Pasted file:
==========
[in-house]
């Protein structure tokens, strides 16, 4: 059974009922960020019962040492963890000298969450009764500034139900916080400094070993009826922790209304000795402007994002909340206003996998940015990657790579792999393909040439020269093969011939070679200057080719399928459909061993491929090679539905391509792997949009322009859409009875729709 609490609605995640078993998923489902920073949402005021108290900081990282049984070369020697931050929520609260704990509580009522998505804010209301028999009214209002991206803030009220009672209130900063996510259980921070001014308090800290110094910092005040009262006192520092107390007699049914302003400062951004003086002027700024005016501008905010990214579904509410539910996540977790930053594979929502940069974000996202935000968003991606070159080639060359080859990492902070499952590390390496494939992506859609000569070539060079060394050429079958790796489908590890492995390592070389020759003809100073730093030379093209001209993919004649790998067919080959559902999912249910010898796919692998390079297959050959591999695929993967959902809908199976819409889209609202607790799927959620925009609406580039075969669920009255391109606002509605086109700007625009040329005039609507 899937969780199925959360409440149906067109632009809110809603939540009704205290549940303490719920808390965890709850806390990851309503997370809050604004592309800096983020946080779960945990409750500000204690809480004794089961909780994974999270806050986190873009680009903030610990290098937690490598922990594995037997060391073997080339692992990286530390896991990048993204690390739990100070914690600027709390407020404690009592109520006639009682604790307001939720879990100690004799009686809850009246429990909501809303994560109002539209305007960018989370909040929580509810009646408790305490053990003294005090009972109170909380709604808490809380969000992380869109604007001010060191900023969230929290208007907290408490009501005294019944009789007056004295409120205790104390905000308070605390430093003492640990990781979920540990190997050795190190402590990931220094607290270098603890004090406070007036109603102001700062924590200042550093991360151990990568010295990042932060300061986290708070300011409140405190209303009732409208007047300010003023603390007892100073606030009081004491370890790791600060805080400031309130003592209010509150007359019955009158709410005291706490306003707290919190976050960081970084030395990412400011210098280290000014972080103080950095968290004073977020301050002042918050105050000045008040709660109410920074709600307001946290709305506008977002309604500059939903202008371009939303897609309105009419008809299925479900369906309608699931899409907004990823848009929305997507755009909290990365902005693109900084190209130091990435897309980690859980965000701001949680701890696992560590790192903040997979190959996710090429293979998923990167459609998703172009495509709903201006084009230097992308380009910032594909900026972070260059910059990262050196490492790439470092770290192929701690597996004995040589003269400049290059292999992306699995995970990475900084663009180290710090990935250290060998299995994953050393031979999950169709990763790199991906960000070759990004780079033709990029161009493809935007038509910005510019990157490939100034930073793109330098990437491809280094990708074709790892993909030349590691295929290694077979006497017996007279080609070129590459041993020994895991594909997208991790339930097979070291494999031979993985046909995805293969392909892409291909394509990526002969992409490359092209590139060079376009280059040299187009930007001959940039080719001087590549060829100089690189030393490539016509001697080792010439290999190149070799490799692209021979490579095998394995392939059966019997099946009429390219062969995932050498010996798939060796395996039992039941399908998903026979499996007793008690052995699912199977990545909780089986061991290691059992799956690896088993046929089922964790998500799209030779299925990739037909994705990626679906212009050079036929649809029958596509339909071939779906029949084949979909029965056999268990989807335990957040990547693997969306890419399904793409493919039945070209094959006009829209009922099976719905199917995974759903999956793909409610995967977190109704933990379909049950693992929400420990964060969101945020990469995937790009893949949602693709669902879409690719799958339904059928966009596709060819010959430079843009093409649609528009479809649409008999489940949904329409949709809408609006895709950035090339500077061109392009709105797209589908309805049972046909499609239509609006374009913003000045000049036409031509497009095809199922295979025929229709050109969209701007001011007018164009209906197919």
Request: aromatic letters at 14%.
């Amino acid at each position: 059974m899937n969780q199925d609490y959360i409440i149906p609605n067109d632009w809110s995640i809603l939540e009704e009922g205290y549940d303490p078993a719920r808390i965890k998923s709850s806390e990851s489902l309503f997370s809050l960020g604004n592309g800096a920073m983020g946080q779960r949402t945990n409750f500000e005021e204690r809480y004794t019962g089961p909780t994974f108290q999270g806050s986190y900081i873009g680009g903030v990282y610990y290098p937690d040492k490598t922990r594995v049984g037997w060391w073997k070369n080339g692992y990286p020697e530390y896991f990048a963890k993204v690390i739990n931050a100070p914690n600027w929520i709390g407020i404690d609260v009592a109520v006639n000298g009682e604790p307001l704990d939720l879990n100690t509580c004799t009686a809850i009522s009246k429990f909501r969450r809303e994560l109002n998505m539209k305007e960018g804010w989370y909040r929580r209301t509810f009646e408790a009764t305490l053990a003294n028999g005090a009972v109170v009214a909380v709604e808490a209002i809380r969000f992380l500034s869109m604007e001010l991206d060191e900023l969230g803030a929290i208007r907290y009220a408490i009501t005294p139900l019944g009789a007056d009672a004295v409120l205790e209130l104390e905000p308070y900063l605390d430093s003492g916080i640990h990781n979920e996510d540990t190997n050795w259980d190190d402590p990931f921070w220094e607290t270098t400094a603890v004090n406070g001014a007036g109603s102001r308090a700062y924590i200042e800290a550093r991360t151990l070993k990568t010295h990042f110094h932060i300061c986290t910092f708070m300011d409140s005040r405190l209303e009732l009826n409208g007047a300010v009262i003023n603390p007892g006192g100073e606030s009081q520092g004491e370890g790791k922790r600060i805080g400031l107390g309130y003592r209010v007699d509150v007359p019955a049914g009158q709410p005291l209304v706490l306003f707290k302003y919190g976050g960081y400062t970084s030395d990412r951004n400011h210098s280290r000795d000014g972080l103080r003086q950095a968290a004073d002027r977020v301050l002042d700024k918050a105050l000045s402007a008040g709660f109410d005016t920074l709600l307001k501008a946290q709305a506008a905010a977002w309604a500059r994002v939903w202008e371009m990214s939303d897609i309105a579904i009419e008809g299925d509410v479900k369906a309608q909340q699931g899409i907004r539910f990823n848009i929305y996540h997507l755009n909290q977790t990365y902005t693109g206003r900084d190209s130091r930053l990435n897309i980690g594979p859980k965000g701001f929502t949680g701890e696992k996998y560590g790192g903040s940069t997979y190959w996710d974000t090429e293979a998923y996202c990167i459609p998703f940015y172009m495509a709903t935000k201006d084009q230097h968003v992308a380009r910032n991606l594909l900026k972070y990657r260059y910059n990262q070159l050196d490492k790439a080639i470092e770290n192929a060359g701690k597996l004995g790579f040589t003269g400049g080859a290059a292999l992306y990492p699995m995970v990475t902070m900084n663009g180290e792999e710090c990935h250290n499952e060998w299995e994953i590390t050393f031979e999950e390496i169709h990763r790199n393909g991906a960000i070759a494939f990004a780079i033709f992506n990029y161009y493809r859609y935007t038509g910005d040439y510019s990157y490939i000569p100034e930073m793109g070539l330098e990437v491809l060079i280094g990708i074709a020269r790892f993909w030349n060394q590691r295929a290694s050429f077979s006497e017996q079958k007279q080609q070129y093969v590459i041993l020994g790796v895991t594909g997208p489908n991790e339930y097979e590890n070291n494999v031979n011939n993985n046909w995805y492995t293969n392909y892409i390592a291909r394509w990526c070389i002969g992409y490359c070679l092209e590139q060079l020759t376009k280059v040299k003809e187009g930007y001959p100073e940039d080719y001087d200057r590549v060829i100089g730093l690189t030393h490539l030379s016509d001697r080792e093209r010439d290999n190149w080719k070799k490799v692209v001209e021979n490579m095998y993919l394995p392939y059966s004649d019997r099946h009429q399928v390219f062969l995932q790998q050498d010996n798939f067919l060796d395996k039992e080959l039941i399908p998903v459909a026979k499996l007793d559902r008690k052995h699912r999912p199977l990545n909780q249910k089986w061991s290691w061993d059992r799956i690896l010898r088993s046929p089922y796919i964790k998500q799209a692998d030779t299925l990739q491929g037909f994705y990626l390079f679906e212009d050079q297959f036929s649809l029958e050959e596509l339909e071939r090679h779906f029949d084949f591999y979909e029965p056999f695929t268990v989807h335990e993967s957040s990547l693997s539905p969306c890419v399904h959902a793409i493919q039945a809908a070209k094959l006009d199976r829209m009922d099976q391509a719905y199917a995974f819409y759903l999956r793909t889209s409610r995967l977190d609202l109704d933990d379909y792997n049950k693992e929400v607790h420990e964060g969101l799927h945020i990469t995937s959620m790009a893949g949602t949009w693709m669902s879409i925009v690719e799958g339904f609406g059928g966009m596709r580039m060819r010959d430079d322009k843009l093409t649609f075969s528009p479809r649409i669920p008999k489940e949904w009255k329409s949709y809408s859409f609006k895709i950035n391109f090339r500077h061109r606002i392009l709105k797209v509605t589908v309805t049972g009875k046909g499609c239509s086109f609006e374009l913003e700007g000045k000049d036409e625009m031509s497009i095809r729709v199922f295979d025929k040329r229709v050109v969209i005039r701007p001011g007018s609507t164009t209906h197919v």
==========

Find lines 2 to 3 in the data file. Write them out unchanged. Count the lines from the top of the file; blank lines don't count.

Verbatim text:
């Protein structure tokens, strides 16, 4: 059974009922960020019962040492963890000298969450009764500034139900916080400094070993009826922790209304000795402007994002909340206003996998940015990657790579792999393909040439020269093969011939070679200057080719399928459909061993491929090679539905391509792997949009322009859409009875729709 609490609605995640078993998923489902920073949402005021108290900081990282049984070369020697931050929520609260704990509580009522998505804010209301028999009214209002991206803030009220009672209130900063996510259980921070001014308090800290110094910092005040009262006192520092107390007699049914302003400062951004003086002027700024005016501008905010990214579904509410539910996540977790930053594979929502940069974000996202935000968003991606070159080639060359080859990492902070499952590390390496494939992506859609000569070539060079060394050429079958790796489908590890492995390592070389020759003809100073730093030379093209001209993919004649790998067919080959559902999912249910010898796919692998390079297959050959591999695929993967959902809908199976819409889209609202607790799927959620925009609406580039075969669920009255391109606002509605086109700007625009040329005039609507 899937969780199925959360409440149906067109632009809110809603939540009704205290549940303490719920808390965890709850806390990851309503997370809050604004592309800096983020946080779960945990409750500000204690809480004794089961909780994974999270806050986190873009680009903030610990290098937690490598922990594995037997060391073997080339692992990286530390896991990048993204690390739990100070914690600027709390407020404690009592109520006639009682604790307001939720879990100690004799009686809850009246429990909501809303994560109002539209305007960018989370909040929580509810009646408790305490053990003294005090009972109170909380709604808490809380969000992380869109604007001010060191900023969230929290208007907290408490009501005294019944009789007056004295409120205790104390905000308070605390430093003492640990990781979920540990190997050795190190402590990931220094607290270098603890004090406070007036109603102001700062924590200042550093991360151990990568010295990042932060300061986290708070300011409140405190209303009732409208007047300010003023603390007892100073606030009081004491370890790791600060805080400031309130003592209010509150007359019955009158709410005291706490306003707290919190976050960081970084030395990412400011210098280290000014972080103080950095968290004073977020301050002042918050105050000045008040709660109410920074709600307001946290709305506008977002309604500059939903202008371009939303897609309105009419008809299925479900369906309608699931899409907004990823848009929305997507755009909290990365902005693109900084190209130091990435897309980690859980965000701001949680701890696992560590790192903040997979190959996710090429293979998923990167459609998703172009495509709903201006084009230097992308380009910032594909900026972070260059910059990262050196490492790439470092770290192929701690597996004995040589003269400049290059292999992306699995995970990475900084663009180290710090990935250290060998299995994953050393031979999950169709990763790199991906960000070759990004780079033709990029161009493809935007038509910005510019990157490939100034930073793109330098990437491809280094990708074709790892993909030349590691295929290694077979006497017996007279080609070129590459041993020994895991594909997208991790339930097979070291494999031979993985046909995805293969392909892409291909394509990526002969992409490359092209590139060079376009280059040299187009930007001959940039080719001087590549060829100089690189030393490539016509001697080792010439290999190149070799490799692209021979490579095998394995392939059966019997099946009429390219062969995932050498010996798939060796395996039992039941399908998903026979499996007793008690052995699912199977990545909780089986061991290691059992799956690896088993046929089922964790998500799209030779299925990739037909994705990626679906212009050079036929649809029958596509339909071939779906029949084949979909029965056999268990989807335990957040990547693997969306890419399904793409493919039945070209094959006009829209009922099976719905199917995974759903999956793909409610995967977190109704933990379909049950693992929400420990964060969101945020990469995937790009893949949602693709669902879409690719799958339904059928966009596709060819010959430079843009093409649609528009479809649409008999489940949904329409949709809408609006895709950035090339500077061109392009709105797209589908309805049972046909499609239509609006374009913003000045000049036409031509497009095809199922295979025929229709050109969209701007001011007018164009209906197919």
Request: aromatic letters at 14%.